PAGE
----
Tuesday, June 8, 2010

12-hour shifts take strong toll on nurses, raise mistake risk

Continuing on the theme this morning the negative effects irregular work schedules can have on employees, a new study seemingly condemns a common practice in the medical industry. The results could give hospitals incentive to change scheduling strategies to avoid potentially life-threatening mistakes.

The study found nurses who work 12-hour shifts rarely get restful sleep, and may struggle to keep an attentive eye on patients.

Half of nurses who took vigilance tests tended to have multiple lapses in alertness. The lapses were moderate for 39 percent and frequent for seven percent of nurses who worked lengthy shifts. Factors included sleep prior to shift, caffeine use and fatigue levels.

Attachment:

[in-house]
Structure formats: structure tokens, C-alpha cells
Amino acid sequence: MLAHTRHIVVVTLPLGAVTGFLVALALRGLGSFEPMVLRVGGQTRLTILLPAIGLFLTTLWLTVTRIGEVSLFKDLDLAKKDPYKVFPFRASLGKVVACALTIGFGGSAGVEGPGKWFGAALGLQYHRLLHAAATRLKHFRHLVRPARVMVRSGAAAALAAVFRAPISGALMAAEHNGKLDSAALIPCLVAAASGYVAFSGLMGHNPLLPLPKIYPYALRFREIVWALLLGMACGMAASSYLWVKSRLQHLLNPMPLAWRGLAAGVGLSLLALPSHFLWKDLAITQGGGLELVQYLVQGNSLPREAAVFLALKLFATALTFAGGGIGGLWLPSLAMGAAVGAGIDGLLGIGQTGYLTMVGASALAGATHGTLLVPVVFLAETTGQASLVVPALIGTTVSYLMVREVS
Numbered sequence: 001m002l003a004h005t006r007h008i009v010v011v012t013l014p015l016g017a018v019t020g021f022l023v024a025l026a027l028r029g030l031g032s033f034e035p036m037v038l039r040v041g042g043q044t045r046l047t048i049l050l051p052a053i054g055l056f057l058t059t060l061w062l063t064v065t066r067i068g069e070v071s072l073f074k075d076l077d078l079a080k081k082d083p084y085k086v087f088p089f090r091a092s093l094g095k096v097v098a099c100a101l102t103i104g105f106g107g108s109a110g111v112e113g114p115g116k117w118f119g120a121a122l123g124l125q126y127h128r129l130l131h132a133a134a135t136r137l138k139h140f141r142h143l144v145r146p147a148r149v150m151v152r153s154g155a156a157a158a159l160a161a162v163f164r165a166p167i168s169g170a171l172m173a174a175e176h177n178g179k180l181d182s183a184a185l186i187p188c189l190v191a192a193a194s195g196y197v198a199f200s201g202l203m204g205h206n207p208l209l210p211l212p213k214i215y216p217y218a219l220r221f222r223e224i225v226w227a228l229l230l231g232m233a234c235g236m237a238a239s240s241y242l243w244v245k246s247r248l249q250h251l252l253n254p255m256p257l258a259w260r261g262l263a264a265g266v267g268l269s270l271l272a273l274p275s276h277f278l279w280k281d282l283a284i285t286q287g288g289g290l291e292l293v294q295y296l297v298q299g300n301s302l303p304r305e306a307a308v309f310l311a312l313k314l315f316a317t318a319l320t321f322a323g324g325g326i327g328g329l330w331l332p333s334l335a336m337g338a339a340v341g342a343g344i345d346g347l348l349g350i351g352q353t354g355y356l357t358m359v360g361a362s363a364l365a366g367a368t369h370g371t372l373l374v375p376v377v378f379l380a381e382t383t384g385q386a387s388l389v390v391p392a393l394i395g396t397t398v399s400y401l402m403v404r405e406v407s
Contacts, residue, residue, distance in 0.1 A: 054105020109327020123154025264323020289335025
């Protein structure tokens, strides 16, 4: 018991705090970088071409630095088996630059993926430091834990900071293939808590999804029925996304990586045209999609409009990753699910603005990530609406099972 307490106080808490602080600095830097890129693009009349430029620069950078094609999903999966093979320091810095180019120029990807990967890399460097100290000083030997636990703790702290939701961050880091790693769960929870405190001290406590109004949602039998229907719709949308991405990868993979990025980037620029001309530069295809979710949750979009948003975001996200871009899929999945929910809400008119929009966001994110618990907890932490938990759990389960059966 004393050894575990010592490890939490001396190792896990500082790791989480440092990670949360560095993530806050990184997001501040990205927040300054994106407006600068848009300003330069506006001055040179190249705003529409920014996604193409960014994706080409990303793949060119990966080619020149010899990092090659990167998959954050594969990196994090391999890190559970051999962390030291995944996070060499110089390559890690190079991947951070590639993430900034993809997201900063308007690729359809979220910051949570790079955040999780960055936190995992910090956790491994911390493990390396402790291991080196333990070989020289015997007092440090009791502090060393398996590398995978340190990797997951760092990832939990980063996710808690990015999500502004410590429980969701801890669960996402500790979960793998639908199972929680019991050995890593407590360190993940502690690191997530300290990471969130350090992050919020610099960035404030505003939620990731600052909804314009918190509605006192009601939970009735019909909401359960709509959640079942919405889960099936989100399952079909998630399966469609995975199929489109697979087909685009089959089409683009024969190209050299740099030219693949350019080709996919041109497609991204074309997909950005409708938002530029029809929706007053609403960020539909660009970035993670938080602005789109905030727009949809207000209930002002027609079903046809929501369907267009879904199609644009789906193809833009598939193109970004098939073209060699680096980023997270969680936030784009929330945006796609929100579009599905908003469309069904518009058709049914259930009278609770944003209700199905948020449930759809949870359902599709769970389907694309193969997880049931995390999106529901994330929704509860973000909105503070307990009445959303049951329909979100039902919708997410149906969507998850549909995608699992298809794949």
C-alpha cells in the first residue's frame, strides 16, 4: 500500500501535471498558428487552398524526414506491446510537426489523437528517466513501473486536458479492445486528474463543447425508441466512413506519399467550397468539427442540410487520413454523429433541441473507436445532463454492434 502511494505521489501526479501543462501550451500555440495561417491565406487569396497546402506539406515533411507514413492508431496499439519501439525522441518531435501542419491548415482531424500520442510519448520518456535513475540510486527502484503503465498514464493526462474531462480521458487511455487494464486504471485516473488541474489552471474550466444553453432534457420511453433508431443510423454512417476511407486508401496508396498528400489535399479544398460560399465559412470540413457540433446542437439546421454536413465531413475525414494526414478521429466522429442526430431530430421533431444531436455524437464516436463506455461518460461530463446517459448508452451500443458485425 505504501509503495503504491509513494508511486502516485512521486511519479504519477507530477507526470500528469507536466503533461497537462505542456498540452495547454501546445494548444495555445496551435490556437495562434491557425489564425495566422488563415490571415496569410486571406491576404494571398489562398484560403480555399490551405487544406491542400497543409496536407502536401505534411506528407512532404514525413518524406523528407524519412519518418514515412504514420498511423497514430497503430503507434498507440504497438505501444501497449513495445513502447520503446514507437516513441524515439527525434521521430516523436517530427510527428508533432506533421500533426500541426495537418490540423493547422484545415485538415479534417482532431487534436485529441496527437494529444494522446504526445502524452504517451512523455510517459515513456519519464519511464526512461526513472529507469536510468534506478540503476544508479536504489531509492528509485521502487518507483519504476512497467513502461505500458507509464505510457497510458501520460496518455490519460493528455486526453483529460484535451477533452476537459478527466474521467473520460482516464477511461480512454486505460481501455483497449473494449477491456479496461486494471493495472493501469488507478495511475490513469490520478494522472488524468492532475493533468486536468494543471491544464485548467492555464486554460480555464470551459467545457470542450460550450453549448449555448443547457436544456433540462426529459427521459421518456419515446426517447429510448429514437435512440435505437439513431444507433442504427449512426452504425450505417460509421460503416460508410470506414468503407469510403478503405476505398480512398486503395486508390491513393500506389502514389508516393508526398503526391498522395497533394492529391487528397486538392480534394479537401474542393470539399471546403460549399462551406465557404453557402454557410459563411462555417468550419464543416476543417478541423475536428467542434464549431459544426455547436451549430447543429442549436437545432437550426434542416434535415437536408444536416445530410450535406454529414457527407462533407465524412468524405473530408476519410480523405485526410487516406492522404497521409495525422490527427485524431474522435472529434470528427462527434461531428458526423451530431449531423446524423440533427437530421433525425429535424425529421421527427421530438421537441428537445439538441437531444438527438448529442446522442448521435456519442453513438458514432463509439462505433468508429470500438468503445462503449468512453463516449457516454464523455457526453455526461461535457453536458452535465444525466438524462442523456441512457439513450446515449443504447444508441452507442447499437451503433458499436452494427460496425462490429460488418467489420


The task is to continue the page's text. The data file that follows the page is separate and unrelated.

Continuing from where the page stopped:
The amount of sleep nurses gets between 12-hour shifts is alarming. The average sleep time is only 5.5 hours. It gets worse for night-shift nurses, who slept a fragmented 5.2 hours a day.

“With long commutes and family responsibilities, nurses have very little opportunity to rest between shifts,” said Jeanne Geiger-Brown, PhD, principal investigator of the study.

Signs indicate the nurses may suffer from shift work disorder, a form of insomnia caused by work hours that are scheduled during the natural human sleep period.

The study involved 80 registered nurses who worked three consecutive 12-hour shifts. Lapses and median reaction times were measured with the five-minute Palm Psychomotor Vigilance Test.

The abstract associated with this research will be available for viewing Tuesday at SLEEP 2010, the 24th annual meeting of the Associated Professional Sleep Societies, LLC.

Image by Christiana Care

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